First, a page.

How to Install Rear Brake Lines - 1967 Chevelle
Let’s pretend for a minute that you’re a dingbat. Not like, simply an absent-minded buffoon, but rather a total space-cadet. Now, in this frame of mind, you can relate a little to my feelings as I started to plumb the chassis. That was when I realized that I hadn’t welded any tabs on my rear end housing to secure brake lines or hoses. Since the point when that should’ve been done, the housing was powder coated and had been fully installed in the car. Everything but gear oil. Which reminds me, still needs to be filled.
What to do? I could use zip ties and just slap some line on. That sort of defeats the purpose of everything I’ve done to this point. Plus, that does nothing for retaining easy access to remove the calipers for gear-set changes.
The Wilwood dynalite calipers are arranged in a fixed-mount, meaning they don’t float when the brake is applied or as the pads wear. This means that they could be plumbed to just a typical wheel cylinder. A 3/16” steel line screwed into an adapter to mate it to the 1/8” NPT port on the back would work just fine. However, I have plans on implementing different gear sets in the 9”. That means bleeding the brakes after a gear swap if the calipers were hard-plumbed in. While not a huge deal, still not a shortcoming that I want built-in on a car that is fairly well-thought-out.
Instead, I wanted the calipers to be fed by a braided hose that transitioned to steel hardline at the housing. Usually that is a piece of cake when you have a tab to secure that junction and a bendable tab to hold the middle of the hardline on the axle tube. While laying on a creeper starting at the situation I came up with a plan to swim out of the trouble I’d put myself in.
We sell these simple little bolt-on brake line tabs ostensibly for use on race cars and street rod front brake lines on cars that don’t have a tab for this purpose. Great. But where to fasten it? Originally, I thought about making a bracket to mount it underneath one of the T-Bolts for the axle retainer. After I had the brackets and flex lines in-hand and scale could be determined, the answer popped out to me.
There was a space on the lower trailing arm bracket that I could drill and tap for the small bolts that hold the bracket in place. This worked out to be the ideal spot to help solve the other problem of not having a retainer tab to secure the hardline to the housing as well.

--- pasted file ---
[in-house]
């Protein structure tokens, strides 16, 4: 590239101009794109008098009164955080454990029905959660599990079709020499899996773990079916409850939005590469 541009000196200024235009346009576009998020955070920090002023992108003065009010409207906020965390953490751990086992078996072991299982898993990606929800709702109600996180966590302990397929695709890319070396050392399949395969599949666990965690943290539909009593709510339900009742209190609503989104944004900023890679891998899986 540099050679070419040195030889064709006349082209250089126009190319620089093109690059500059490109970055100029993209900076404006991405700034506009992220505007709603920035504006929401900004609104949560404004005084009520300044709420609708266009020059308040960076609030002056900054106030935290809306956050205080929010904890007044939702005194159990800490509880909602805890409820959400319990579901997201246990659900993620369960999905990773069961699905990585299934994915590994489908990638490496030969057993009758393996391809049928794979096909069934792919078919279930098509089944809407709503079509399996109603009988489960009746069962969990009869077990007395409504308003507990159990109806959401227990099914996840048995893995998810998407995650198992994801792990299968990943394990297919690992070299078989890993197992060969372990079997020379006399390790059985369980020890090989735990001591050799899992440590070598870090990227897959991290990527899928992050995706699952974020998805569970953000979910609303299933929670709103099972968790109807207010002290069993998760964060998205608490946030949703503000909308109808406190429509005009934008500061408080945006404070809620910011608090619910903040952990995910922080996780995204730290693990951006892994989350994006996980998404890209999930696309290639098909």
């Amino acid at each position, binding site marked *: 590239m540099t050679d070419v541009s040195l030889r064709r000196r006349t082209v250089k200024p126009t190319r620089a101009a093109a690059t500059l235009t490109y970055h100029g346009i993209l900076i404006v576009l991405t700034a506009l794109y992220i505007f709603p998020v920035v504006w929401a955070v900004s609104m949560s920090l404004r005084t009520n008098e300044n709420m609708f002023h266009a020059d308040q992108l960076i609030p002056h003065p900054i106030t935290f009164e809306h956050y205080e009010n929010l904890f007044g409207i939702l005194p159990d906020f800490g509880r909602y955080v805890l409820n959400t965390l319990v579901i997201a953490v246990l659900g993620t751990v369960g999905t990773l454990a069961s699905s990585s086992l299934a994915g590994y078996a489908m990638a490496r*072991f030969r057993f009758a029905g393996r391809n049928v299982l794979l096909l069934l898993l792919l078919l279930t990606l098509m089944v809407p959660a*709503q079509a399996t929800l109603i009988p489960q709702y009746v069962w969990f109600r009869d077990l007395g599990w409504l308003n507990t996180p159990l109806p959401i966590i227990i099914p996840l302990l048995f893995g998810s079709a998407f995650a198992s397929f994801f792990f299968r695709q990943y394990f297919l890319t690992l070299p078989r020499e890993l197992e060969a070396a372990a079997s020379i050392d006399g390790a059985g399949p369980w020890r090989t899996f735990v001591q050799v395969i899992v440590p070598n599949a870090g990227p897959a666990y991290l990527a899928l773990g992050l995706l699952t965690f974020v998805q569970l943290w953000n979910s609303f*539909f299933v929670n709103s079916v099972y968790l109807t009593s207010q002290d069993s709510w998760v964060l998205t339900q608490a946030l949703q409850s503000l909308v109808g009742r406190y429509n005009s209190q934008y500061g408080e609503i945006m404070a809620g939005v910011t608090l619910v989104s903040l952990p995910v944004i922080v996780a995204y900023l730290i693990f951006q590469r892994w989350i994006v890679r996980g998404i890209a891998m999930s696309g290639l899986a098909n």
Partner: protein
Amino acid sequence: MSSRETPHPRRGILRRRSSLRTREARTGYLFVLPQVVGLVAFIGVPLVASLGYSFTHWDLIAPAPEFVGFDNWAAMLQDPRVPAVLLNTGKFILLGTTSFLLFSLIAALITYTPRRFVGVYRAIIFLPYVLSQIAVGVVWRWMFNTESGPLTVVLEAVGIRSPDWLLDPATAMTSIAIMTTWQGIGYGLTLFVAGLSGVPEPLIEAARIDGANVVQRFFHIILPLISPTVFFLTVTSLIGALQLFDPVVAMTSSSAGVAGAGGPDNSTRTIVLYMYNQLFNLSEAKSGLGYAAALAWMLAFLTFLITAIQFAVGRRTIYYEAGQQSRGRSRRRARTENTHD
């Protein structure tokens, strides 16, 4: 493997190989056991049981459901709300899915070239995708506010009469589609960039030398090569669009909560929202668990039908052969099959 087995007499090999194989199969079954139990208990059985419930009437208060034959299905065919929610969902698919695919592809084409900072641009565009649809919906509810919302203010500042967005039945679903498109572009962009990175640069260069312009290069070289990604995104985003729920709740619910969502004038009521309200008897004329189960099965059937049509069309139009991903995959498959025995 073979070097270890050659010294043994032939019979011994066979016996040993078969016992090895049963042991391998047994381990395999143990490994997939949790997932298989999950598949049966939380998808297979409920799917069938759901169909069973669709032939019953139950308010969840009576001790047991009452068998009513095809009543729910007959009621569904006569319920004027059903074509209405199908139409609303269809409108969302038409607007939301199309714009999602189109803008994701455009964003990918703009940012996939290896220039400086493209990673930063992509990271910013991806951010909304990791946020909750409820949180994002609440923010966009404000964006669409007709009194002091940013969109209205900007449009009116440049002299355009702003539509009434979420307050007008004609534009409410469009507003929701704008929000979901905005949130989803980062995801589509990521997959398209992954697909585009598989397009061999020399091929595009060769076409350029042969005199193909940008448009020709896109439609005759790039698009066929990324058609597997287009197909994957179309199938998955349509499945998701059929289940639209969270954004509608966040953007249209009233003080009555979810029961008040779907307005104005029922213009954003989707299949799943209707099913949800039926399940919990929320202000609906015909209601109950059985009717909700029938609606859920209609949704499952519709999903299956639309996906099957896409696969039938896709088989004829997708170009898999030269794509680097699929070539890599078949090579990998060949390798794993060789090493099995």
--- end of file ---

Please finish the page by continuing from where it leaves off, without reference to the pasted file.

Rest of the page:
Since the tab would be secured ahead of the centerline of the rear axle it would not require much of a bend in the hard line nor would the hard line need to extend up and over the housing. This created a situation where the steel line would have pretty solid support from both ends with a relatively short unsupported span in the middle.
To supply juice to the steel lines across the housing I picked a universal rubber line with equally angled IFF ports and a loop for mounting. I built a simple steel bracket that bolted under one of the third-member nuts and fastened the tee solidly at the 1 ‘o-clock position on the face of the rear end.
With the pickup points defined, I went to work bending and flaring 3/16” line to connect the dots. At the calipers, I used a 90-degree fitting that also converted the pipe fitting on the calipers to an AN3 male. At the tabs, another conversion fitting transitioned the hard line flare to an AN3 male as well. This fitting also incorporates a groove and shoulder for securing to the tab with a spring clip.
The braided stainless hose is just long enough to connect with a graceful curve and stay out of the way of all the moving parts that could prove fatal to it.
The only issue remaining to solve was how to support the hard line against the housing to keep it from vibrating and causing a fracture at one of the flares. Which is usually the payoff for an unsupported, steel flared line.
I used a product that we’ve had for several years and has become quite popular in all of it’s varieties. The Mag Daddy, if you’re not familiar with it, is a very powerful neodinium magnet with various holding capabilities affixed to the face side. The particular one I went with was made to secure a wire or cable to it with a zip tie.
Sue me. I used two zip ties (with the Mag Daddies) to find the place with the most movement on the hard lines and pin them each down. As it worked out, those spots were right at the transition on the housing from the fabricated center bulge to the axle tube. Can you see the one in the first photo? No? Good. Mission accomplished.